The nation’s second busiest subway system may have to shut down service for 6 months in what could be a catastrophic outage for a system which carries 800,000 passengers a day. Once the nation’s crown jewel system, the problems that have brought Metro’ Subway System low are an accumulation of problems over years. About half of the blame rests with how the system is funded, the other half is based on gross incompetence at the middle and senior management level of the Authority.
Metro or the Washington Metropolitan Transit Authority is an odd duck in terms of organization due to the fact that a significant portion of it’s budget comes from the Government. Which means Congressional oversight and piddling in the affairs of the company. The Company’s ownership is spread across the 7 jurisdictions it serves in the Washington Metropolitan area, including the Federal Government. The Federal Government is a player here because 53% of the passengers on the system are Federal Employees. As everything from fares to which communities are served is regulated, the company is designed never to make a profit (or even break even), and each served municipality pays a proportional part of the actual operating budget each year.
In function, the Transit Agency works like a Federal Government entity – meaning there is no motivation of the employees to either improve service, to make systems operate more efficiently, or to cut costs…Ergo the old $10,000 Toilet Seat issue. Massive cost overruns are the norm. Massive project failures are the norm. The recent Silver Line expansion ballooned from $1 billion to $3 billion, in large part due to project being managed by the corrupt Metropolitan Washington Airport Authority – a situation created because of lack of faith that Metro could manage such a large project. I mean when the Federal Government is going o take over your local transit authority – not only are things truly f’d up… But they are going to get a lot worse.
While, like any big dollar enterprise, there are incidents of corruption – even to the highest levels of the management structure, there is no evidence of any major corruption issue, or that corruption is the reason behind the Authority’s failure. It really boils down to incompetence within almost the entire senior management structure at the company’s headquarters. As such, confusion, lack of vision, lack of will, turf fights, nepotism, and duplicate organizational functions are the order of the day. And to clarify a point, very little of “the problem” has to do with the rank and file customer facing employees who in general believe in the mission of serving the community and often will go above board to make things right.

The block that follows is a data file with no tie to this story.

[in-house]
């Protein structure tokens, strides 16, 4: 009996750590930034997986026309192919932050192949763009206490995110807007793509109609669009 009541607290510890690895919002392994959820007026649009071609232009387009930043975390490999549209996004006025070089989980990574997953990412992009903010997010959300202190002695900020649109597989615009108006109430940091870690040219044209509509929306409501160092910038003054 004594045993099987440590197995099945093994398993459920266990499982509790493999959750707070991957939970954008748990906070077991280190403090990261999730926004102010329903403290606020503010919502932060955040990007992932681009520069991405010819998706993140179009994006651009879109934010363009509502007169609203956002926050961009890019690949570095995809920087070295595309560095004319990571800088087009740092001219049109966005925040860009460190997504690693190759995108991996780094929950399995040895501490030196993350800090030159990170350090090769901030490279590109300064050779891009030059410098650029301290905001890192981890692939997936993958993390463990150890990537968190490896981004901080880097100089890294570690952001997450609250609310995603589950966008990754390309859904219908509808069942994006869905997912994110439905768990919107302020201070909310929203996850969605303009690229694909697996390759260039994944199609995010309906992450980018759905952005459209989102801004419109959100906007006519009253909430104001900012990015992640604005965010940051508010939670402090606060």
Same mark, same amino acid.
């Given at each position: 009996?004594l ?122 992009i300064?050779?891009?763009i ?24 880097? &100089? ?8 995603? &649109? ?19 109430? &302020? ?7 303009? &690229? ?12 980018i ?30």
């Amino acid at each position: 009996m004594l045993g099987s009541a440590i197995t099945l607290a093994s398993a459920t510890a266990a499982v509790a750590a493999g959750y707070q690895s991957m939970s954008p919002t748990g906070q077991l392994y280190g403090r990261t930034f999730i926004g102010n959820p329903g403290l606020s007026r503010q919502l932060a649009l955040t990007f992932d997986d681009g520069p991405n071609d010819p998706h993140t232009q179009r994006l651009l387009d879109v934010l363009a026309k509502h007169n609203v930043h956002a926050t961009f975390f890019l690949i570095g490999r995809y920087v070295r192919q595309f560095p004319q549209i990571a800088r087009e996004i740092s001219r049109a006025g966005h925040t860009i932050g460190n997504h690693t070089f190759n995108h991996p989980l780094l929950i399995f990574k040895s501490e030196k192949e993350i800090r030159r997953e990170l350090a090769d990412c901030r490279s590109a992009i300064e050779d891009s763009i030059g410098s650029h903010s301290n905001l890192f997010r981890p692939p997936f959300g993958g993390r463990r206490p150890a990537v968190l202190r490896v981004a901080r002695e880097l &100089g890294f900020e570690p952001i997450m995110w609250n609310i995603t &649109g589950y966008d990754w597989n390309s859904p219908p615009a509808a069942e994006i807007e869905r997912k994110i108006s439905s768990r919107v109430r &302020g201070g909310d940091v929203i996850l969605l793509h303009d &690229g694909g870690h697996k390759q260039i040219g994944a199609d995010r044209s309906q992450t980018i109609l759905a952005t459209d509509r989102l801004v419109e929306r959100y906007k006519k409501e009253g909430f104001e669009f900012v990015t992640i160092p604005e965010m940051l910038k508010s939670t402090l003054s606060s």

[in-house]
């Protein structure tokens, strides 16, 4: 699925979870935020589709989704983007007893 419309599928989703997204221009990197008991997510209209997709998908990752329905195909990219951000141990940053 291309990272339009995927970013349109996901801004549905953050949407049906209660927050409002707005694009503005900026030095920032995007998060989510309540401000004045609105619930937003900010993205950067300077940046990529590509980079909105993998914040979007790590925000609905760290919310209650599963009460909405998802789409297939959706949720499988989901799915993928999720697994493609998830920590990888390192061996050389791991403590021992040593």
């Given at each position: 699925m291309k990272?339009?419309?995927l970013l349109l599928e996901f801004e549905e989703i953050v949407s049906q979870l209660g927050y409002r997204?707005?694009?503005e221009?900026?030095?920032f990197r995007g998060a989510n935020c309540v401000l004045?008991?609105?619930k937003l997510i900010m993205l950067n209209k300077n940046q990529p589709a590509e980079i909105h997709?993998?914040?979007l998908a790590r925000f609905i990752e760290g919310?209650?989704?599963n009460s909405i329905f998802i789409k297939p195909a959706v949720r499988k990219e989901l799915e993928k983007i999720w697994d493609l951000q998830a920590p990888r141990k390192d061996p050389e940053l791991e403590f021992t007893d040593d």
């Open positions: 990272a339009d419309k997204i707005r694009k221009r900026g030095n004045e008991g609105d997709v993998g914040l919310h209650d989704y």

Accepting Federal money means the involvement of Congress. It also means Federal Agency Oversight, which in typical form tries to solve problems at the weed level instead of systemic. It means getting whipsawed by political trade winds in Congress, being victim to corruption at the Congressional Level, and dealing with Congressional fingers in the pie at any time. Ergo the Republicans want the system to operate without tax dollars or a fare hike (It’s the same magic which destroyed some of their own states), and the Democrats want the system to operate as a social good vehicle.
A major shutdown of the system could entail putting 500,000 cars onto the Washington area’s already gridlocked streets. It will cost the Federal Government and private businesses Billions of dollars in lost work and revenue. As a Management Consultant who has done rescues, turnarounds and restructurings of companies, and a former employee of Metro, I have a pretty good idea about what needs to be done…And it isn’t initially going to be pretty.
Repairs to Washington’s aging subway could require the closure of entire rail lines for months at a time, the system’s chairman, Jack Evans, said Wednesday. At the very least, Mr. Evans said, riders should expect the closure of segments of individual lines for extended periods.
His remarks were the latest indication that the system, known as Metro, will be facing significant service disruptions as its management confronts financial and safety problems.
“If we are going to fix the infrastructure, we can’t do it three hours at night,” Mr. Evans, who is also a member of the D.C. Council, said at a symposium marking Metro’s 40th anniversary.
“There may be decisions where we have to close down whole lines and repair them, which are going to be very unpopular,” Mr. Evans added. “But the only way that we are going to get this system fixed is to make unpopular decisions.”
Metro officials already closed the system for a day earlier this month for an emergency safety inspection.
Mr. Evans called the system “maybe safe, somewhat unreliable, and being complained about by everybody,” and said that its health long-term requires increased — and a permanent — source of financing, like a regional sales tax and annual federal contributions.
Paul J. Wiedefeld, Metro’s general manager, will announce a systemwide maintenance plan in four to six weeks, a Metro spokesman, Dan Stessel, said Wednesday.
Mr. Wiedefeld, in his own remarks at the Wednesday meeting, said the scale of the transit agency’s woes required drastic measures.
“What we have been doing has not been working,” he said. “We cannot Band-Aid, we cannot paper over some of these issues.”
Both men’s remarks were first reported by The Washington Post.